A trip to the cemetery can prove very productive when you are looking for information about the people in your Family Tree. Tombstones provide dates of birth and death, and may include evidence of an individual’s military service, or fraternal affiliations.
The tall monument below is at Oakland Cemetery, a memorial to three local pastors who died in the Cholera Epidemic in Sandusky.
The Archives Research Center of the Sandusky Library has a variety of sources about local cemeteries. The ERIE COUNTY, OHIO CEMETERY CENSUS BEFORE 1909, edited by Katharyn Huss Wunderly and Patty Dahm Pascoe, lists cemetery inscriptions from over sixty cemeteries located in Erie County. You will also find cemetery records from Ottawa County, Huron County, and other counties in the Archives Research Center. Housed with the microfilm cabinet are several rolls of film which contain cemetery records of Erie County. The cemetery microfilming project took place in 1989, and are arranged by location.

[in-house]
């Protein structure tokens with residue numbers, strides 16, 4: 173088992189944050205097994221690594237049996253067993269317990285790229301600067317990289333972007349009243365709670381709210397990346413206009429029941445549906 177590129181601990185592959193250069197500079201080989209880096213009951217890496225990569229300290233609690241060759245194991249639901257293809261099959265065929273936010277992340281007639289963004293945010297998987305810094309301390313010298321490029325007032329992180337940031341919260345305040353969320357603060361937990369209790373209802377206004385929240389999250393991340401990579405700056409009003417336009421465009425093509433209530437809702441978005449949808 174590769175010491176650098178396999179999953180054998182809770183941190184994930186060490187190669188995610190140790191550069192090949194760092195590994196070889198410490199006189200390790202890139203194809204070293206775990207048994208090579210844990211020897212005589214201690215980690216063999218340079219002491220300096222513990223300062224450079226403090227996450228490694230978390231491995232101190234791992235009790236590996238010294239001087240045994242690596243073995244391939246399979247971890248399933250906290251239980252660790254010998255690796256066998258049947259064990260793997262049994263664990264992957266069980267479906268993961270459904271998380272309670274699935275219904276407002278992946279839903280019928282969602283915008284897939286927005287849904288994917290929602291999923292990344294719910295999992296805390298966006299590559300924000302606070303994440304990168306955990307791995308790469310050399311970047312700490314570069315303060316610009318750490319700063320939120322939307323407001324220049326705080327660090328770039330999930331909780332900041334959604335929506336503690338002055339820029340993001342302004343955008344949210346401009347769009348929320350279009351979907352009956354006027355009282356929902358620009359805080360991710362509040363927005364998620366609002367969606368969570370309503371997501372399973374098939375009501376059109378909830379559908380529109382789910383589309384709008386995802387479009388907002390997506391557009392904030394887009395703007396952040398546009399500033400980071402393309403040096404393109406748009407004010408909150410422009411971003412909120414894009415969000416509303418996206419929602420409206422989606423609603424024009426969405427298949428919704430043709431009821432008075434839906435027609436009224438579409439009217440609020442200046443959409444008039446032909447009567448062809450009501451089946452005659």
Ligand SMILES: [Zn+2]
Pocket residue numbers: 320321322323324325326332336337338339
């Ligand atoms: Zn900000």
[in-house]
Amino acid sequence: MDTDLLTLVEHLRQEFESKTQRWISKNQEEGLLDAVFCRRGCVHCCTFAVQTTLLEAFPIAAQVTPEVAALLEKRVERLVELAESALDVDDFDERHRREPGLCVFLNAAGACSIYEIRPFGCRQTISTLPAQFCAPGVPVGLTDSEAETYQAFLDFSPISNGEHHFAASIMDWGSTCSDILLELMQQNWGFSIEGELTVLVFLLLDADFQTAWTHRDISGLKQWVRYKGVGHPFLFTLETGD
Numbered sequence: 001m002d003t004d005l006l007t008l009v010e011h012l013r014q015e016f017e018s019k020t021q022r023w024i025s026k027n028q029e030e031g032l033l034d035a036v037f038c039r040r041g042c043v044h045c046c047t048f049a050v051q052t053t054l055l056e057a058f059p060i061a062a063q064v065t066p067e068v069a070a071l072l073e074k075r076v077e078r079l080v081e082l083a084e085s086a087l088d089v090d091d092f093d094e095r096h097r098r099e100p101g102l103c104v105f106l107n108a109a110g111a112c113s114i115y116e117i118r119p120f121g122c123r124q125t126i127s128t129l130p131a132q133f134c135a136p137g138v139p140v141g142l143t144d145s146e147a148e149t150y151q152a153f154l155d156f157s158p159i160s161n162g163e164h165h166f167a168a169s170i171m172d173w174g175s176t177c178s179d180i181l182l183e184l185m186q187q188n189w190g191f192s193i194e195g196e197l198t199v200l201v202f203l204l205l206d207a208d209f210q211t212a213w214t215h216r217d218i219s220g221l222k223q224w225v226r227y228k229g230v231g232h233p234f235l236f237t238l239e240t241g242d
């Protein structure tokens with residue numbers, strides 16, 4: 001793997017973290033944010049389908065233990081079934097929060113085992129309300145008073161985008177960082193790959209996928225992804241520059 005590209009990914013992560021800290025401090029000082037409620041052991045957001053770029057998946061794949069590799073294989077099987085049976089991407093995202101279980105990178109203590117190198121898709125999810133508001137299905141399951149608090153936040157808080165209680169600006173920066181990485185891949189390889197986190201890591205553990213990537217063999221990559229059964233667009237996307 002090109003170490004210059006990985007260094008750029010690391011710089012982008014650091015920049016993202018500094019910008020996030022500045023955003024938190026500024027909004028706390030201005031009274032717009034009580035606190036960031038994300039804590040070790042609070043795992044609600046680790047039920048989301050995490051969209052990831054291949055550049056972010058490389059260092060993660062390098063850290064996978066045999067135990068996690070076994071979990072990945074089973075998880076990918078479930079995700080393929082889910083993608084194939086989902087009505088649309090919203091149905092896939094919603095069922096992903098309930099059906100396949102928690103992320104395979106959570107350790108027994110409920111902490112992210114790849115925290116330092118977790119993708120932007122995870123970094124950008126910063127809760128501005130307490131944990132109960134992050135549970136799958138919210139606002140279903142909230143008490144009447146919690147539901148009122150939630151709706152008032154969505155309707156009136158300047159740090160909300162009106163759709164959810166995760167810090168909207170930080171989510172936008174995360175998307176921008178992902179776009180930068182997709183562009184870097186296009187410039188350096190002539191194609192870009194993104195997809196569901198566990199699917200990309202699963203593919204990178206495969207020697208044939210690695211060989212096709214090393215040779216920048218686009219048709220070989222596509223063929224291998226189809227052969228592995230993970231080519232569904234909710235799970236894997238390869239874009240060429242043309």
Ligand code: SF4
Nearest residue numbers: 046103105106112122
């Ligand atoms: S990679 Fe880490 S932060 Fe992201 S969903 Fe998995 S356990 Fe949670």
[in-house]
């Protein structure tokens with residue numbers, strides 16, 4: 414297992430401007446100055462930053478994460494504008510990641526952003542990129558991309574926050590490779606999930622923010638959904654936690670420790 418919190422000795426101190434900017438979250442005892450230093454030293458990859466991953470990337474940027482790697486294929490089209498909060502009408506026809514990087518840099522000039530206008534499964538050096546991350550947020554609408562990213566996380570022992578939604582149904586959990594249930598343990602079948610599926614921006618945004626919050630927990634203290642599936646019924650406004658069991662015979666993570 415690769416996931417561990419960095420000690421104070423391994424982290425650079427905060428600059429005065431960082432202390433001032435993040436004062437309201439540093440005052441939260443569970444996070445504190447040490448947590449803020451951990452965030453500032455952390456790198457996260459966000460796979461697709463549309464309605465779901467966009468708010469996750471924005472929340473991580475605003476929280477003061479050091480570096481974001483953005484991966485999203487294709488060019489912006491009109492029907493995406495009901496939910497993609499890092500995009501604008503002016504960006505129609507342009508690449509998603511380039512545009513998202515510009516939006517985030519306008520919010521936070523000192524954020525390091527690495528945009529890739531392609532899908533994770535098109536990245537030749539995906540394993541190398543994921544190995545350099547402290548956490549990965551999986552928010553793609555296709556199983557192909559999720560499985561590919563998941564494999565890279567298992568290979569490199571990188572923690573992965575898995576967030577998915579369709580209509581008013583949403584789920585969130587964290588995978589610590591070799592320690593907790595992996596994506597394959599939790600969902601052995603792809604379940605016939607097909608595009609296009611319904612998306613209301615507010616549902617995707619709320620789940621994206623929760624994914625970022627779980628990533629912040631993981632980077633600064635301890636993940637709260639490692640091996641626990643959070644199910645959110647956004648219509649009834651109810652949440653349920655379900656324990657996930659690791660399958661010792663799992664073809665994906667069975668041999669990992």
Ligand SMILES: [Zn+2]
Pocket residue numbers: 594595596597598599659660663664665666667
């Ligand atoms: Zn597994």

There are many web sites on the Internet which contain cemetery records. Two well known sites are: http://www.findagrave.com/ and http://www.interment.net/.
Also found in the Archives Research Center is a limited number of photographs from area cemeteries. Pictured below is a photograph of the tombstones of four members of the Cooke family, buried in North Monroeville. These individuals were related to Eleutheros Cooke, Sandusky’s first lawyer.
A Confederate Civil War Cemetery is located on Johnson’s Island. This photograph was taken about 1910.
Visit the Sandusky Library for more information about local cemetery records.